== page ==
Re: A world standard plug system???#135047 12/20/0210:38 AM12/20/0210:38 AM
Sven: I pull plugs from the wall by the cord all the time: it doesn't seem to harm them.
Classicsat: You are right, UL won't allow appliance to consider polarity. They insist on it being maintained, but never use it. As the voltage tolerances of the US 240V (220-254V) fall within the international 230V tolerances (207-253V) all 230V appliances should run in North America too. (If it accepts 60Hz, but everything but clocks and motors should do so.)
[This message has been edited by C-H (edited 12-20-2002).]
Re: A world standard plug system???#135048 12/20/0211:43 AM12/20/0211:43 AM
It would also make good sense to have double pole switched socket. Recent case in Ireland where boiler connected to a single pole switched socket. Plumber decides to have a go at electrical fault on burner. does not withdraw plug but switches boiler "off" using switch on socket. Fatal!
The legislation in UK re: plug tops is the Plugs and Sockets Regulations 1994. These Regulations require that all domestic 230 volt equipment for sale in the UK must come fitted with a plug top fitted by the manufacturer.If the appliance is from outside UK it must be supplied with euro-plug.
Re: A world standard plug system???#135049 12/20/0203:31 PM12/20/0203:31 PM
I thought this subject would elicit some good discussion and highlight some common practices and habits across the globe.
Addressing classicsat first, the UK receptacles/outlets/sockets are flush fitting unlike the Euro types that are recessed. I can see why they are recessed – keeping fingers away from the pins and for support – but coming as I do from countries where outlets are flush with the wall (UK, South Africa, USA) the recessed types look – how can I say it? – ugly. The French Euro sockets with their pin sticking out are even more so – I suppose it’s what you’re used to. When I discussed 230V for domestic America, my tongue was stuck firmly in my cheek and I was referring to a system with 230V potential between a single phase and ground (à la Europe), hence my references to polarization. I know that present NEC/CEC 230V systems are Edison Circuits and are thus inherently non-polarized.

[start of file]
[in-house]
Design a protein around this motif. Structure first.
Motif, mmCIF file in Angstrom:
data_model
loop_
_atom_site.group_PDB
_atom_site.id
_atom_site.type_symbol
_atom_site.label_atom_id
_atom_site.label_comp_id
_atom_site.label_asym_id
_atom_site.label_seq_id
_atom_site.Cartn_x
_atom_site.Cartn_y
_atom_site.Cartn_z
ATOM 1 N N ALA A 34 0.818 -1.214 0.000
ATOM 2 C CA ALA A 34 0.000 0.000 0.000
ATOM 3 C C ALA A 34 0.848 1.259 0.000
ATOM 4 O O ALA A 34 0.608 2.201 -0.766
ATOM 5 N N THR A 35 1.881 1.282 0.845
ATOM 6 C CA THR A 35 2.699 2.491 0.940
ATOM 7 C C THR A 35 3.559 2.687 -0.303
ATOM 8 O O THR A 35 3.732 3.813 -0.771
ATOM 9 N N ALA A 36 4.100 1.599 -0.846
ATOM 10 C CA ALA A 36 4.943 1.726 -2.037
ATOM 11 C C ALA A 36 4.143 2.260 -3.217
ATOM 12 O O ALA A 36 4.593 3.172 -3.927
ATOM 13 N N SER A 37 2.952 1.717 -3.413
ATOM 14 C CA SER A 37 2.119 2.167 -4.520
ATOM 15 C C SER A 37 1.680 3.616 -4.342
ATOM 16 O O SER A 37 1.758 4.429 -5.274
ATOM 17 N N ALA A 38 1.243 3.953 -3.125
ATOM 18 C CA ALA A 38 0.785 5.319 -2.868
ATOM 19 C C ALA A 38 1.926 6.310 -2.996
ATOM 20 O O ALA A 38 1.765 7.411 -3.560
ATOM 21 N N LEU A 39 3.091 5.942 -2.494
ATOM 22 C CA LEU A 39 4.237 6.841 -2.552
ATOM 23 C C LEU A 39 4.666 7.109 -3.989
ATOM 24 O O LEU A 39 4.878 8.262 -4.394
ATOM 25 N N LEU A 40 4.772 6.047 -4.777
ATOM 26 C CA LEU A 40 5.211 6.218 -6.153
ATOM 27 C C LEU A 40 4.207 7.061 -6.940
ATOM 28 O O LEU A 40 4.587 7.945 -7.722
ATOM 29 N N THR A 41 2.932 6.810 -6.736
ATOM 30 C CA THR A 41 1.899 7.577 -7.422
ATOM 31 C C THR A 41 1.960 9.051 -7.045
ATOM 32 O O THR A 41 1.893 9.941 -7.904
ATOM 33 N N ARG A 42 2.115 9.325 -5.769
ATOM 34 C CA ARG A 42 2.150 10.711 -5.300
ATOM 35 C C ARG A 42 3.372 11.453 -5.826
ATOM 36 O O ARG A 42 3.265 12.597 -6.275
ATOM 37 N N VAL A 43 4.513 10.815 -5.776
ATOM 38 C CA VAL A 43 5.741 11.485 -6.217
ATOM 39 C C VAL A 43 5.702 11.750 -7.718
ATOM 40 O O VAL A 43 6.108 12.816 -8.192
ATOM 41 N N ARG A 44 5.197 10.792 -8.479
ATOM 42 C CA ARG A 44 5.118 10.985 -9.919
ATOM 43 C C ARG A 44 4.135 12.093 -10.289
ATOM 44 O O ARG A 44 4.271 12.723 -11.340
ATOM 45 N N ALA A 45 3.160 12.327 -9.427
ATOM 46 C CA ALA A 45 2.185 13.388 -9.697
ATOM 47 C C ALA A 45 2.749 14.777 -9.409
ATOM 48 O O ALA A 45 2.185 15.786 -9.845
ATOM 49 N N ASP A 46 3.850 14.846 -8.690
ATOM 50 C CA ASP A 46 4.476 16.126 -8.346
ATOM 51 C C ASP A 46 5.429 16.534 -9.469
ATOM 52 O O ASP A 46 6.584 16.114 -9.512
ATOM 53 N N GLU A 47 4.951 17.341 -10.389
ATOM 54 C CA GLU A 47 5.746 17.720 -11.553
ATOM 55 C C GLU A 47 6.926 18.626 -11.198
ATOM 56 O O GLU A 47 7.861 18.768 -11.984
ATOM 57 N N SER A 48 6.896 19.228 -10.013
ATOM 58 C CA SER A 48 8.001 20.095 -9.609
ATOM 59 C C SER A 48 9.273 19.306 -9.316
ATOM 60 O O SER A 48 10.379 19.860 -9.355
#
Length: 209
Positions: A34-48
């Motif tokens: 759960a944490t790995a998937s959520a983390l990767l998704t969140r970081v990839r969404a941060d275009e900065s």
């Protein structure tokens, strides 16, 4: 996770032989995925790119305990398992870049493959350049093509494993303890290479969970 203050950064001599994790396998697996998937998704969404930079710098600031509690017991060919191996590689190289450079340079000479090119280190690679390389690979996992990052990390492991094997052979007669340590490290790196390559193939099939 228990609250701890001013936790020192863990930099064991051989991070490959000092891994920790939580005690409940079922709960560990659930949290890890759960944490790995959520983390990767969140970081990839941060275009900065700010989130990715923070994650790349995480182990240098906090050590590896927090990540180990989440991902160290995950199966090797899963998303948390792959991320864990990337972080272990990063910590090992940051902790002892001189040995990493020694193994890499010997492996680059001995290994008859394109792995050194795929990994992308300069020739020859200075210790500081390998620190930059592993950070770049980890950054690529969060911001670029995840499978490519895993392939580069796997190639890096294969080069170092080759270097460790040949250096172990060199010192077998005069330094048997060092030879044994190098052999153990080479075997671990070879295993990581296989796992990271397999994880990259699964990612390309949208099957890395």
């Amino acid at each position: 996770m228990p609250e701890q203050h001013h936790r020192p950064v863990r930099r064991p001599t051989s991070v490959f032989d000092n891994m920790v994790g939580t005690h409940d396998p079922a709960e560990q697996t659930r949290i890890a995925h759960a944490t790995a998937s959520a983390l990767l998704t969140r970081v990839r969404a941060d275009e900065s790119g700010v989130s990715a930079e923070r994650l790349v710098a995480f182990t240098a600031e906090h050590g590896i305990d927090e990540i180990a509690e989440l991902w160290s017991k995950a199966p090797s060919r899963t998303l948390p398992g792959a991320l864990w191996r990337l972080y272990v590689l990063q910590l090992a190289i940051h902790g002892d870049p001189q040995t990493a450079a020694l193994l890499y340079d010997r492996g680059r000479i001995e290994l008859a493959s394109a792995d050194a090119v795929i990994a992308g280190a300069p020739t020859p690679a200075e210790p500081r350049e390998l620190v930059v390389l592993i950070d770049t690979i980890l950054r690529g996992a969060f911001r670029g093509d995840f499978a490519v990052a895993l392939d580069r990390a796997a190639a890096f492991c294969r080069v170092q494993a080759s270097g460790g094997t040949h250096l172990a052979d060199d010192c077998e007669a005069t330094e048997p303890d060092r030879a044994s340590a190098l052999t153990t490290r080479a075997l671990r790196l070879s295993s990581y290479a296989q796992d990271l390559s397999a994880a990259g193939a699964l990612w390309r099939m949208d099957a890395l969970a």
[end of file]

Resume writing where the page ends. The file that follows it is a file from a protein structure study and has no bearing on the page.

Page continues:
This brings me to SvenNYC’s and C-H’s comments regarding polarization. The non-French Euro plug is totally un-polarized even with a grounded plug. Even the French type appears to accept the common thin two pin un-grounded Euro plug. It seems common across the Continent that polarization is a non-issue - yet most switching on equipment will be single pole. I would much prefer to switch the phase/live/active conductor, than the neutral/grounded one. I refer to lyledunn’s tragic observation above – though mis-wiring appears to be a contributory factor in that fatality (I must say that not removing the plug was the main one). Is this lack of Continental sensitivity to polarization due to electric history? – were your early 220V circuits all Edison Circuits like North America or taps from 3-phase 127V and therefore non polar by their very nature.
PaulUK has made the observation in the past that the French, whilst having a semi-polarized system are not too fazed which way round they wire their sockets! I know that there is a lot of equipment out there that really doesn’t care which way round it is wired but there are some things (bedside/coffee table lamps) where - for safety’s sake - the live wire should be switched, especially those Edison Screw type bulbs that are common on the Continent. Childrens’ deaths have been reported from here in the US due to touching the live shell of an old un-polarized lamp on 115V. These lamps are often not grounded – so it’s not a grounding issue; which brings me to C-H’s point (7) – could you clarify this for me please.
If the IEC 60906-1 system includes two pin plugs there is still no polarization, hence my liking for the Australia/New Zealand approach. C-H the blades of these are solid brass and quite sturdy. I have not managed to casually bend one, unlike the common NEMA 5-15! Interesting C-H that you say this is the world standard for 115V systems.
Trumpy - a dedicated 240V 20A circuit and receptacle. The plug is a 240V 15A one which, in case you are unaware, has its phase/active pins horizontal rather than vertical (its 115V counterpart). Could you describe please your 15A socket and plug. I have only seen 10A ones in my wanderings round your neighbour’s part of the world. I noted at the time of my visit the lower maximum wattage on the kettles.
Coming back to the question of the cord exit direction, I see the Swiss plug has it coming straight out the back. I am not keen on this even though this is the rule rather than the exception here in the States. The IEC 60906-1 one, I see, is similar but can have it coming out sideways (but not down apparently). I must confess to not being in favour of pulling a plug out by its cord and most equipment instructions one reads discourage it. As I have said in these forums before, as a child in the UK these “no-pull” instructions always confused me, because with UK plugs this was nearly, physically impossible!